4. I just made five loaves of Prosphora ( Qurban in the antiochian tradition ). I use the same recipe as yours, but each of the five loaves is about 9 inches round and not stacked. Yours looked beautiful–what jurisdiction is your church? I would really love a stand mixer ! Seems to make it so much easier. Thank you for sharing the lovely pics and the explanation of the meaning of the Lamb in our Eucharist. Blessings,
    Marlene
    st. George orthodox church, Houston

    • Hi Marlene!

      I’m also Antiochian Orthodox. I like kneading the dough myself, but it really is a lot of work! The machine is so helpful, giving my arms a rest, keeping me from getting sticky dough all over my hands…and it’s faster. It’s wonderful that you make the bread for your parish, I hope I can do it more often.

      Is your parish hosting the next national convention?

    • Interesting! I’m Antiochian as well, here in NZ. I’ve never seen a double-layered loaf. I watched my father baking it for years when I was a kid (he was a priest), but tomorrow is his first anniversary and it was suggested that I should bake the Prosphora. It’s 20 years since I left home, and given that I don’t have my dad around to consult, pray that I do it right!
      Also, we don’t use 5 loaves in our church – just one, and a second for Memorial services. Maybe it’s because we have small congregations here?

      • I’m praying for you!!
        We have around 500 in our parish, and the kids like to eat the bread like it’s a meal 🙂 I hope it turns out well. May your father’s memory be eternal!

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  7. NICE! Great resource with pictures to help take my Sunday School class through the Sacrament of Remembrance! So, we will be reading great directions (with pictures) from you and learning while we make “play dough” Seals, while learning the meaning of each design. Thanks so much for your blog and pictures.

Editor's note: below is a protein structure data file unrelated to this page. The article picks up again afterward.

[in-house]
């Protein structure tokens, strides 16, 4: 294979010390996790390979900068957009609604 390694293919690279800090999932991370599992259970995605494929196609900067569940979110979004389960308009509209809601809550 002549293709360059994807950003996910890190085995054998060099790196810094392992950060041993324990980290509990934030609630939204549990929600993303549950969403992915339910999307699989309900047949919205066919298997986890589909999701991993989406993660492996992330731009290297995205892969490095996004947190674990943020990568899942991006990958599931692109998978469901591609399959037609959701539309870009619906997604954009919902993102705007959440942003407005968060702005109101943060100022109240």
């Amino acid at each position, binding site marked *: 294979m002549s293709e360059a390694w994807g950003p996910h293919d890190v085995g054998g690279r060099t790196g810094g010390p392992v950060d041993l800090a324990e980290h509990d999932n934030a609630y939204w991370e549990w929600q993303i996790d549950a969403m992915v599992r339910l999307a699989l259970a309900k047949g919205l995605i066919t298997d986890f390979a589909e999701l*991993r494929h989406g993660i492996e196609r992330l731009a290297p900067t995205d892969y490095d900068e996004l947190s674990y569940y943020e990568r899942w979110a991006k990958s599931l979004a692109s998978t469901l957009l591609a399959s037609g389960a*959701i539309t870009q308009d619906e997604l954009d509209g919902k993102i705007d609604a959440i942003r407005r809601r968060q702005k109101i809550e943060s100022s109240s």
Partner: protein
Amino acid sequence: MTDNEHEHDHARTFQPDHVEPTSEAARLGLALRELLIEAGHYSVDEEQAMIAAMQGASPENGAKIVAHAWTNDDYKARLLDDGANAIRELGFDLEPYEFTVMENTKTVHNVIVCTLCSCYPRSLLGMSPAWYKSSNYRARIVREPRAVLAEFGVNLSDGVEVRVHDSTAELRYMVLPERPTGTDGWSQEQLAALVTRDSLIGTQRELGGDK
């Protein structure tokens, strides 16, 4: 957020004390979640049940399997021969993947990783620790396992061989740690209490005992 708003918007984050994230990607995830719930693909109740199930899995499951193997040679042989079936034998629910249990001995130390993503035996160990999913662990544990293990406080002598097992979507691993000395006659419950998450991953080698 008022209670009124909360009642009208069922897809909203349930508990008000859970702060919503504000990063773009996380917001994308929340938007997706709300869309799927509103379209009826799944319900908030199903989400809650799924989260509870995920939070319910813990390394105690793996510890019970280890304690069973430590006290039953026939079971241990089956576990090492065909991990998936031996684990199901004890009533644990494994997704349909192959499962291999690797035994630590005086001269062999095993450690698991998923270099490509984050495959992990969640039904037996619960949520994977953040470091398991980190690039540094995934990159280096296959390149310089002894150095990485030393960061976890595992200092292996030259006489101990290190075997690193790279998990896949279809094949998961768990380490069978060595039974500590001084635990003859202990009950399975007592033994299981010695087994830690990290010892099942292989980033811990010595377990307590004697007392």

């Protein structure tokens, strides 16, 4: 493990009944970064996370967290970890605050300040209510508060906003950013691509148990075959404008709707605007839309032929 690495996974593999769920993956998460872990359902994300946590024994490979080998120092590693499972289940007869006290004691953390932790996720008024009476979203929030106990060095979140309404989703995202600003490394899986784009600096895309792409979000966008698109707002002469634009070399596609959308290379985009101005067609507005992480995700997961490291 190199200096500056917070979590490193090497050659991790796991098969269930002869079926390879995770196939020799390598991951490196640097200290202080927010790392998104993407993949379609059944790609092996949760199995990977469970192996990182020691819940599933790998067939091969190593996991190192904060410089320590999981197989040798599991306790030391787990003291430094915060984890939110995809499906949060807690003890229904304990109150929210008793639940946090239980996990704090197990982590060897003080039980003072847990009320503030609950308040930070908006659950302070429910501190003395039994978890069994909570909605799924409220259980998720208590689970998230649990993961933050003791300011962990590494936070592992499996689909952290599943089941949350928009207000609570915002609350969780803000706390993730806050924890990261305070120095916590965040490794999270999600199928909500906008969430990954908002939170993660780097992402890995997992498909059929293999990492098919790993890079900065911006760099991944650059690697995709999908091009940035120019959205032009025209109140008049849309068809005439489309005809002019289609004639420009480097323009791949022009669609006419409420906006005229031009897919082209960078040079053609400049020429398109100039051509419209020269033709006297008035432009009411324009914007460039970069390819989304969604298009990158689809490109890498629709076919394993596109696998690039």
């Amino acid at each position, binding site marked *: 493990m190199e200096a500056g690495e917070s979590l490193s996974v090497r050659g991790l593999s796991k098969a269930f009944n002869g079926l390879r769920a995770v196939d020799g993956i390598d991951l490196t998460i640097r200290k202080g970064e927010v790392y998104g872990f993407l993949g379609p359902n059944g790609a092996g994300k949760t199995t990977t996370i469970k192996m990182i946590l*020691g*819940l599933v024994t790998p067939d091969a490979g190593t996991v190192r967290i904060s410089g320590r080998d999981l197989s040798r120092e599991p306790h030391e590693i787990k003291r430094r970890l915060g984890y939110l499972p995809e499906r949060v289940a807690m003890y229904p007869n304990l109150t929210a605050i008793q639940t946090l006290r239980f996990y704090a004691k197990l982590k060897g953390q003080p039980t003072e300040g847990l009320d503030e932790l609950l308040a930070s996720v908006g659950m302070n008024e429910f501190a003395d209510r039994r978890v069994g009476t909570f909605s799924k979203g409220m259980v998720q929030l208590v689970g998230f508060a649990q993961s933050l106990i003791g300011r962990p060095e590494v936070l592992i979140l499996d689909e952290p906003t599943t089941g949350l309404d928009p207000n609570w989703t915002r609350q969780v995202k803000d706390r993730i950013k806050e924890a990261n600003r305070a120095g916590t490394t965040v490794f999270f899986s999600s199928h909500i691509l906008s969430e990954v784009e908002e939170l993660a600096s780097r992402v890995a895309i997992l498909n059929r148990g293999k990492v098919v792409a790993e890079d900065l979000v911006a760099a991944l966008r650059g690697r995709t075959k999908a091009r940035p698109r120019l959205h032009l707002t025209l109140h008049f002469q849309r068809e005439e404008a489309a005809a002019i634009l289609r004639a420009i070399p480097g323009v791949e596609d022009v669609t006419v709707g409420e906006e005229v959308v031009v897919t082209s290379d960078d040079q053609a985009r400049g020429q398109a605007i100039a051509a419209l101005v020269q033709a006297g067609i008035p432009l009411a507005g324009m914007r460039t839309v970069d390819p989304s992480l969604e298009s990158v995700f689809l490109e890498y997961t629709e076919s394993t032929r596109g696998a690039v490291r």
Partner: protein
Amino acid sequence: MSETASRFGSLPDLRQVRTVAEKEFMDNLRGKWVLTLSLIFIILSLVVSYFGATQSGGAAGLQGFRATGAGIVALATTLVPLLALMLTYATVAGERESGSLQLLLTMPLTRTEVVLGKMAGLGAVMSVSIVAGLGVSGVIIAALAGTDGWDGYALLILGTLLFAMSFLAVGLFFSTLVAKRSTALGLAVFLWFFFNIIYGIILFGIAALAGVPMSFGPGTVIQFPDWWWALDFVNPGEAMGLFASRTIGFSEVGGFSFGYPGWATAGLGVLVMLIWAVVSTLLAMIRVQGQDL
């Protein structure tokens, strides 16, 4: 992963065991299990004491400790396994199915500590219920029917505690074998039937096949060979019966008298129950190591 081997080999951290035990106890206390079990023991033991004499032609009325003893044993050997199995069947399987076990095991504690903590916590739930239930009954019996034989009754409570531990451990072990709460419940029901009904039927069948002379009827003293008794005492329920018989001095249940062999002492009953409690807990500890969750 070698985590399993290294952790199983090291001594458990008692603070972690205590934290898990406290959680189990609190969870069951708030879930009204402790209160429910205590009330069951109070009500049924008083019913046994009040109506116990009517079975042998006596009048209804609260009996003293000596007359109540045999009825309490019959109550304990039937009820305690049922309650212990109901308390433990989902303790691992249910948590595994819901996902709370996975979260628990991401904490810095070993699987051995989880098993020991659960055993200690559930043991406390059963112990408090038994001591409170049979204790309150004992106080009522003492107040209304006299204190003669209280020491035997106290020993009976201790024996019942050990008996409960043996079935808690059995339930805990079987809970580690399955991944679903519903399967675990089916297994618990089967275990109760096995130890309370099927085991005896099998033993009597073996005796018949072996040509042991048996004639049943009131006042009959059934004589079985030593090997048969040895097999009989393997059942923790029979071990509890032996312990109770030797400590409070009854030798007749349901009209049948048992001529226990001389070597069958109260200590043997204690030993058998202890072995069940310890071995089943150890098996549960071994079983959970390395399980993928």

Kh. Jeanetta Issa in Kansas City, St. Basil’s Antiochian Church

  8. NICE! Great resource with pictures to help take my Sunday School class through the Sacrament of Remembrance! So, we will be reading great directions (with pictures) from you and learning while we make “play dough” Seals, while learning the meaning of each design. Thanks so much for your blog and pictures.

    Kh. Jeanetta Issa in Kansas City, St. Basil’s Antiochian Church

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  13. This is a beautiful step by step instruction.

    My question is different and perhaps slightly odd.
    After a service where my recently deceased aunt was remembered, our family was given a loaf of offeratory bread. Oblation Bread?

    We were confused by this and wondered, do we eat this? Donate it? We would love to know what is appropriate. Was this holy (blessed) Offeratory bread?

    Thank you

    • Hi Jennifer!

      Customs vary, but I know that in some Antiochian parishes at least (mine being one of them), when Holy Oblation is offered for a living person or a memorial for the departed, a loaf of holy bread (blessed bread) is given either to the living person commemorated or to the family of the deceased being commemorated. You can definitely eat it, and often times people will share it with others after Liturgy or take it home to share with family and friends.

      I’m not really sure how this tradition started. Holy oblation is an offering to the Church/to God (which should be prepared by the person requesting the prayer), so it doesn’t really make sense to get it back! But…I do love to get my loaf of holy bread 🙂 I’ve never turned it down yet.